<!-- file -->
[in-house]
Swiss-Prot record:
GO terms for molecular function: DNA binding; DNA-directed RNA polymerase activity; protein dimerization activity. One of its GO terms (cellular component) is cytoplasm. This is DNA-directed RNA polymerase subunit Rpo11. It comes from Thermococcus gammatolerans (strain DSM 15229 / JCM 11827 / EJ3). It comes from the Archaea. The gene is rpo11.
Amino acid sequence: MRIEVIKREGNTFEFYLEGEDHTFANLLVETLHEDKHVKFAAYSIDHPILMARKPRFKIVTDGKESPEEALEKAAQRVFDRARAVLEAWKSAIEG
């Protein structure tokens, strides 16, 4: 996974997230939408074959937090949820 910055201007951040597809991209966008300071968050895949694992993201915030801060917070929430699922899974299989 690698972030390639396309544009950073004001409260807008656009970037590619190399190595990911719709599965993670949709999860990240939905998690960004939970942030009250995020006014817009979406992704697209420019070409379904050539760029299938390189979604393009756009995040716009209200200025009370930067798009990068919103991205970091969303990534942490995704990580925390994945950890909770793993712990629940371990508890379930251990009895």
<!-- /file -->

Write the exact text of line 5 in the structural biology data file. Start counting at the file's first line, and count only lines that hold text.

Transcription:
């Protein structure tokens, strides 16, 4: 996974997230939408074959937090949820 910055201007951040597809991209966008300071968050895949694992993201915030801060917070929430699922899974299989 690698972030390639396309544009950073004001409260807008656009970037590619190399190595990911719709599965993670949709999860990240939905998690960004939970942030009250995020006014817009979406992704697209420019070409379904050539760029299938390189979604393009756009995040716009209200200025009370930067798009990068919103991205970091969303990534942490995704990580925390994945950890909770793993712990629940371990508890379930251990009895």